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A 21-year-old woman presents for her well-woman examination. She has been followed by her physician for many years and has no complaints. She has been sexually active for a little more than 2 years with one mutually monogamous partner. She does not smoke, has never had a sexually transmitted disease (STD), and uses oral contraceptive pills for contraception. On speculum examination, her cervix appears normal (Figure 88-1) and a Papanicolaou (Pap) test is performed.

Figure 88-1

Normal cervix as seen through a colposcope without the application of vinegar. The red color around the os is produced by columnar cells and the lighter pink on the remainder of the cervix result from normal squamous cells. The presence of visible columnar cells outside the internal os is called ectropion and is a normal finding in young women and women on estrogen-containing contraception. The junction between the two cell types and colors is the squamo­columnar junction. (Courtesy of E.J. Mayeaux, Jr., MD.)

The colposcope is an optical instrument using light and magnification that helps distinguish dysplasia and cervical cancer from benign cervical findings (Figure 88-2). Colposcopy (colpo: vagina; scope: to look) literally means to look into the vagina. Primary indications for colposcopy include certain abnormal Pap results or an abnormal appearing cervix. Colposcopically directed biopsies have a higher yield than biopsies done without the benefit of a colposcope, thereby decreasing the risk of false-negative biopsies.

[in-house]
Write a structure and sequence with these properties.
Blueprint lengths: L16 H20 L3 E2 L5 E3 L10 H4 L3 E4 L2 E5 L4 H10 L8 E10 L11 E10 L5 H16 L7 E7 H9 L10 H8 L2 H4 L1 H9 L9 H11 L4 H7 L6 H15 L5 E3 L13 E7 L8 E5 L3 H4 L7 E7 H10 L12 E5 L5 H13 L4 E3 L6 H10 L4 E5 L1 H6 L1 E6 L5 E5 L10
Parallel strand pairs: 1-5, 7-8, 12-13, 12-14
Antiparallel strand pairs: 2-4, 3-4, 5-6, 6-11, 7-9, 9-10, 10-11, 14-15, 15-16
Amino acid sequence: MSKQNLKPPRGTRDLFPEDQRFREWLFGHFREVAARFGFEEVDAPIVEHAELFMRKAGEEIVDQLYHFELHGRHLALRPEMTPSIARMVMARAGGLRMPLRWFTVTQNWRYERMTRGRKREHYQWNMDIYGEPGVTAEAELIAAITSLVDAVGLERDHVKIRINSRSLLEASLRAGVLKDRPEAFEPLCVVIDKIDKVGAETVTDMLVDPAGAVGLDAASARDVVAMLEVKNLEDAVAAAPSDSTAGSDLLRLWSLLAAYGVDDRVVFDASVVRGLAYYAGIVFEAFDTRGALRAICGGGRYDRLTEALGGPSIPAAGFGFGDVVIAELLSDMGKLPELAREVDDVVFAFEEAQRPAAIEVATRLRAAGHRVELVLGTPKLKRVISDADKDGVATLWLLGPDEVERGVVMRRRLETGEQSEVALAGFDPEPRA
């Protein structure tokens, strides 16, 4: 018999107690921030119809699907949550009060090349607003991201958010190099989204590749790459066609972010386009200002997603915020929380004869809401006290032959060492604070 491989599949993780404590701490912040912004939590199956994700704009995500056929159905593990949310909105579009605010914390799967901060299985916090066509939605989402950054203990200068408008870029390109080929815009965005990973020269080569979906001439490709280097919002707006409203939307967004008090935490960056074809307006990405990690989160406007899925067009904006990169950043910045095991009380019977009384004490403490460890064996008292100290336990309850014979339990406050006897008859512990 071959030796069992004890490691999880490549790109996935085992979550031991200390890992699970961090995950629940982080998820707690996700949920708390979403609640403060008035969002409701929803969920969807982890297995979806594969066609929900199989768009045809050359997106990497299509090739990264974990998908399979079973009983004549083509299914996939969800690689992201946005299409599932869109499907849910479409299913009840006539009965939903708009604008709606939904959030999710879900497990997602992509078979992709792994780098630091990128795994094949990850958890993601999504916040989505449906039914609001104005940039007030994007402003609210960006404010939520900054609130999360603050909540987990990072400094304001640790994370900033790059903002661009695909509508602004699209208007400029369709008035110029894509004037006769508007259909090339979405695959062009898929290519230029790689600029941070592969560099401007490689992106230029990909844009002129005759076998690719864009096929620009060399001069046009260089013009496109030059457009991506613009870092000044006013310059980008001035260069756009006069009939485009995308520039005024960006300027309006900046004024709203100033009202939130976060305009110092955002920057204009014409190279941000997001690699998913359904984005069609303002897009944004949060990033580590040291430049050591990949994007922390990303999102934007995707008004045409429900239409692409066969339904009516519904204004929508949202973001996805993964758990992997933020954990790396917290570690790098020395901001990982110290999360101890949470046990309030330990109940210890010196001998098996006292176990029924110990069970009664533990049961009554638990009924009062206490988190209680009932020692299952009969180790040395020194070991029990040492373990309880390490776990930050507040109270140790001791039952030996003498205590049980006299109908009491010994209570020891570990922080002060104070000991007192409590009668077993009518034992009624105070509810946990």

Figure 88-2

The family physician is looking at the cervix directly through the colposcope lenses and the image is also visible on the monitor for learners and/or the patient to see. (Courtesy of E.J. Mayeaux, Jr., MD.)

Nabothian cysts are also called mucinous retention cysts or epithelial cysts.

An ectropion is also known as a persistent juvenile transformation zone or cervical erosion.

  • The Papanicolaou smear (Pap smear, Pap test) is a commonly employed screening test for dysplasia and cancer of the uterine cervix. More than 50 million Pap smears are performed each year in the United States.1 The Pap test is a cytologic examination of cells taken from the cervical transformation zone (Figures 88-3 and 88-4). Colposcopy is the diagnostic test to evaluate patients with an abnormal cervical cytologic smear or abnormal-appearing cervix.
  • Nabothian cysts are common and benign and are considered a normal feature of the adult cervix. They may occur singly or multiple cysts may be found simultaneously (Figure 88-4).2
  • Infections of the lower female genital tract are common and can produce a number of cervical epithelial changes (Figure 88-5).
  • Cervical epithelial atrophy may occur in hypoestrogenic states and cause the cervix to appear pale and the squamocolumnar junction to retract into the cervical os (...

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